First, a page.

Altman fought the fuzzy mass of pain-filled clouds that seemed to be his mind. “I … I have to—I set up the trail—” He couldn’t seem to work his mouth correctly, but he thought maybe the words were understandable.
“Never you mind that, you’re not t’leave this bed till I give the say-so. Whatever you think you gotta do can wait.”
Another voice spoke up then, a familiar voice that soothed his head for just a moment. “It’s a good thing you’re so hard-headed, Altman. Never thought I’d have to admit to it bein’ a good thing! We’ll have you out of here in no time.” Kaylene was there, at least.
He opened his eyes a crack, then shut them again against the most brilliantly blinding light he’d ever seen. “No! There’s no time. I was setting up to catch the man responsible for all this, and if I delay, all the evidence will wash away! I have to get after him, there’s no time to waste!” He seemed to have gotten his mouth under better control.
There was a long pause. “You can go now if you must, though I’d rather you stayed. You ain’t gonna do that though, are you.” Cranford sounded 1 part resigned, 2 parts exasperated.
He finally got his eyes open; the blinding glare subsided after a few seconds. It was still morning, thankfully, the early sun pouring through a window by his bed. “No, I’m afraid I won’t. Dearest, with your help …? I must examine whatever it was that hit me, first. Is it still where it landed?”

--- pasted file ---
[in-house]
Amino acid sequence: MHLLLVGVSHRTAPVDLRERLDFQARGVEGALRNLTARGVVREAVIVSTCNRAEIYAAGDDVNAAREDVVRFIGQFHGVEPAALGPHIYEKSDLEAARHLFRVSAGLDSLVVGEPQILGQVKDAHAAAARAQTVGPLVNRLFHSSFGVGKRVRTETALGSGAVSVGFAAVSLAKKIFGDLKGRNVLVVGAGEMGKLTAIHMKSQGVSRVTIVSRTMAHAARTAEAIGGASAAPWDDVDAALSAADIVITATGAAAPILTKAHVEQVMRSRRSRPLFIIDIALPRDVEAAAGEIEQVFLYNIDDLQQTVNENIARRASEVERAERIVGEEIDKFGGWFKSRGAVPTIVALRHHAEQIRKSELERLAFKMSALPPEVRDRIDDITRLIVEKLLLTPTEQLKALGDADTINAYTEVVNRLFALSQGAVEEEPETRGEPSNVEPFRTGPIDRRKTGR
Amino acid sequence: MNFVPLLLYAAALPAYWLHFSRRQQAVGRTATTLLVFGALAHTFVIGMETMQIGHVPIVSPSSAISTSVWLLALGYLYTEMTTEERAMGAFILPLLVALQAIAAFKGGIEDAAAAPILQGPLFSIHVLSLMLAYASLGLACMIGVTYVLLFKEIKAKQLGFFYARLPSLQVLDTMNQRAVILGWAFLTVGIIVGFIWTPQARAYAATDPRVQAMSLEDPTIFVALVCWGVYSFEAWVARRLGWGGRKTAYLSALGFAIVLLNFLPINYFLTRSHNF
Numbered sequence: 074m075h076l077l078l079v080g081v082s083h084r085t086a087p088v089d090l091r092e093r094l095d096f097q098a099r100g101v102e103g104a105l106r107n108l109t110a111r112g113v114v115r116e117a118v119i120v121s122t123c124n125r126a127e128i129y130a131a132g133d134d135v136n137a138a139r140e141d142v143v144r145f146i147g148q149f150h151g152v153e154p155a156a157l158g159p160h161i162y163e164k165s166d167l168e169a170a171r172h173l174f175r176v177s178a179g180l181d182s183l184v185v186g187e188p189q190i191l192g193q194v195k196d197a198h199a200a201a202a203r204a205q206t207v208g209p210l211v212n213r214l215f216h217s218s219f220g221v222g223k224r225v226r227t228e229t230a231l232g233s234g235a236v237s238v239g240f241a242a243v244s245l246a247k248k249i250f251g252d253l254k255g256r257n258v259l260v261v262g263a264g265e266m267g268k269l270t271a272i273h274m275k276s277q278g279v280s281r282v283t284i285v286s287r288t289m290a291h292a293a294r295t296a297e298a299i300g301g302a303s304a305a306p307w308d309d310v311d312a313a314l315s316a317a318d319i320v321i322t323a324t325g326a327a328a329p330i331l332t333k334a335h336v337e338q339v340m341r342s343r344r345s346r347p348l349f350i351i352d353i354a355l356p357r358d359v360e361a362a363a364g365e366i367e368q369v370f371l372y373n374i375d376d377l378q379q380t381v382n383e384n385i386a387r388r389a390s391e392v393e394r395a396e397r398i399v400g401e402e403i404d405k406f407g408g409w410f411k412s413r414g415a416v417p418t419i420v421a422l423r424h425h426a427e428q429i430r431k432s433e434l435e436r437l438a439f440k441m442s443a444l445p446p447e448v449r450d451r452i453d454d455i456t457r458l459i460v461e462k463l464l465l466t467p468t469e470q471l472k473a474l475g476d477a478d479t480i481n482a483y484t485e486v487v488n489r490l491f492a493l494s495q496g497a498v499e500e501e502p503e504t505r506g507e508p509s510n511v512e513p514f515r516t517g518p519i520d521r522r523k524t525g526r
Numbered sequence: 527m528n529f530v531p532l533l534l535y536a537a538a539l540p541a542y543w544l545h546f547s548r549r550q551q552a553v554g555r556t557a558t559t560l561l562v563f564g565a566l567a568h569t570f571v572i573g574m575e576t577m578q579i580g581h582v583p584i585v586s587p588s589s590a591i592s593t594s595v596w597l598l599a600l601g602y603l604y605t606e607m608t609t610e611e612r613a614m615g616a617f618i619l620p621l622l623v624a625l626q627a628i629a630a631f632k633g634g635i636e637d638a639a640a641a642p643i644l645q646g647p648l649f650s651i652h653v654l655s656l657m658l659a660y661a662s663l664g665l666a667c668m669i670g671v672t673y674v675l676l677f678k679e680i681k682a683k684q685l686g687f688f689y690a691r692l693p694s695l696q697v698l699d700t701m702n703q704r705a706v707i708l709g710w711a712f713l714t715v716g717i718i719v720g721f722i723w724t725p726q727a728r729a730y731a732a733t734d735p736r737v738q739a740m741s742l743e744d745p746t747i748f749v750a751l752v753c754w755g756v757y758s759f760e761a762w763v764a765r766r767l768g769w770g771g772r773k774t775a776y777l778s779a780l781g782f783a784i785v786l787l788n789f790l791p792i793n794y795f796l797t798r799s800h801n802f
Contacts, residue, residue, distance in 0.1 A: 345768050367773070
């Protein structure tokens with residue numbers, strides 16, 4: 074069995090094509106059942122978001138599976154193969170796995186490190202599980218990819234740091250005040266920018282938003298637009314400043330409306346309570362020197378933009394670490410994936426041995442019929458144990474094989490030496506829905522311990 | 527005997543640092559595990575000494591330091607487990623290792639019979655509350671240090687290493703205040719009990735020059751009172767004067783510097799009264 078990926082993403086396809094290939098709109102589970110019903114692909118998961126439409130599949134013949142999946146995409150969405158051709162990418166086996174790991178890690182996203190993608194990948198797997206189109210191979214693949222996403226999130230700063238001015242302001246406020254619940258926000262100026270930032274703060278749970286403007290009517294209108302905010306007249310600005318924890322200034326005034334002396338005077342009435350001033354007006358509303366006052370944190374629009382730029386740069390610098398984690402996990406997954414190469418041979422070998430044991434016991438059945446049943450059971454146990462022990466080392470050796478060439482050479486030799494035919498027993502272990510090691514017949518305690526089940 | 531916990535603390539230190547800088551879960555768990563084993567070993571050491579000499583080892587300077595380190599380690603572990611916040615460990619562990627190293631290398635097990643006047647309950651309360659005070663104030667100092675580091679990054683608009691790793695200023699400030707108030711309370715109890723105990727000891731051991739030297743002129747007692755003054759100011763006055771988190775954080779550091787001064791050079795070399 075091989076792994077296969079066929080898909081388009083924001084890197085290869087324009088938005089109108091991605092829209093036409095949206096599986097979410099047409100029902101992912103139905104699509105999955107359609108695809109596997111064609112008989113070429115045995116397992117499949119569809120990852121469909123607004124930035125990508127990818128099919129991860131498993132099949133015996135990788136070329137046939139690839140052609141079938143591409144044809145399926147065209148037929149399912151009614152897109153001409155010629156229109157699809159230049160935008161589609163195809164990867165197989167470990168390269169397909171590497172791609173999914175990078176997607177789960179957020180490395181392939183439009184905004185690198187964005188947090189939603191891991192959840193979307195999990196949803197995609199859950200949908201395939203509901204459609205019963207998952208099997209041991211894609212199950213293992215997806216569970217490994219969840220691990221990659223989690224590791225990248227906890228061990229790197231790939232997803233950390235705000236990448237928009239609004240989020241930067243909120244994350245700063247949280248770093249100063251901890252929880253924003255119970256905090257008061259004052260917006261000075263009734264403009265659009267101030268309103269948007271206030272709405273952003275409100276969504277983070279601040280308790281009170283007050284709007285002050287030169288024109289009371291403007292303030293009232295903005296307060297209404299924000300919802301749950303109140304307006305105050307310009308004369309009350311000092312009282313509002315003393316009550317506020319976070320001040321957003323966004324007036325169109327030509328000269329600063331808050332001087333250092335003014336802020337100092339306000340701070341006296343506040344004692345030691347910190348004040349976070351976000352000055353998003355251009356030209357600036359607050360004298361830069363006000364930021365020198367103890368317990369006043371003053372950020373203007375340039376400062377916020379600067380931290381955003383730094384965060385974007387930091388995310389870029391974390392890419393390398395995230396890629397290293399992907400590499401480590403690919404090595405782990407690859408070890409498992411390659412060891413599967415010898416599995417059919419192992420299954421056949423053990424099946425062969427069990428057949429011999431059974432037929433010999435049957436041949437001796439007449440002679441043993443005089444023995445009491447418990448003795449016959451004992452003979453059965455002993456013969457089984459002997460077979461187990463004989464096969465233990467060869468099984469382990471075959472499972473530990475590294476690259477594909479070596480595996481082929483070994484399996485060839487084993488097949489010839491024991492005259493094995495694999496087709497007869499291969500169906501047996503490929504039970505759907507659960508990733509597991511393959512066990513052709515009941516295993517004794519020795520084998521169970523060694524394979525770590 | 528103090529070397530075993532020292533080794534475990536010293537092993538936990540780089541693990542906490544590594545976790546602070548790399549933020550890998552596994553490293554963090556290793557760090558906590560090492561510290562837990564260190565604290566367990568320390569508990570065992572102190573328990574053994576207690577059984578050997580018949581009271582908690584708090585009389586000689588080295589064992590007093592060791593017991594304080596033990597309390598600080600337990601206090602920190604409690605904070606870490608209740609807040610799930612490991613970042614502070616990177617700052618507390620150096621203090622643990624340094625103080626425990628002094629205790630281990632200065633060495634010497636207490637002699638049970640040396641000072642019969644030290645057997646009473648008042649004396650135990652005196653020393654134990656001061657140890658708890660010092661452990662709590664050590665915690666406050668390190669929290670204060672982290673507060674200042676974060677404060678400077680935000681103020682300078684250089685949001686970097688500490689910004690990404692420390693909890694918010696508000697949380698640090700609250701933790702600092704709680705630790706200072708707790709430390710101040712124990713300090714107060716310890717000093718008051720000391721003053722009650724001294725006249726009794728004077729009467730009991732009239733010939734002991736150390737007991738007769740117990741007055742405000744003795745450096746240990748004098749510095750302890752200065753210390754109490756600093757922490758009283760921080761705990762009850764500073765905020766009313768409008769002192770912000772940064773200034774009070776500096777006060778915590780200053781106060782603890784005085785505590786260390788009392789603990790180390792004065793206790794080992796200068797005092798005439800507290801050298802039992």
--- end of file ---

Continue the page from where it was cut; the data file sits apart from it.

Kaylene came into view to stand next to Cranford. “The stone? Yes, it’s still there. What of it? I told you when we moved in that the roof was in need of repair.”
“I didn’t get a look at whoever it was that dropped the stone on me, but that shouldn’t be of any concern.”
Kaylene frowned. “But if y’didn’t see who did it, why are we rushin’ to find ‘im? How’ll you know who to look for? You should be restin’!”
“I spent some time last night spreading iron dust over all the roofs in town; I’ve never been so thankful there are so few of those! Whoever did it will be wearing the evidence on his skin and clothing for the rest of the day, and with luck, we may even catch traces of it on the ground to help narrow the search. We’ll Waldon Sias’ help, after we’ve confirmed it wasn’t Sias himself.”
Kaylene’s eyes widened. “You suspect ‘im?”
Altman shook his head; the wash of painful dizziness made him regret it immediately. “In … in all honesty, no, but we must be thorough. And we do have to talk to him regardless, if we want his to help identifying the real culprit.”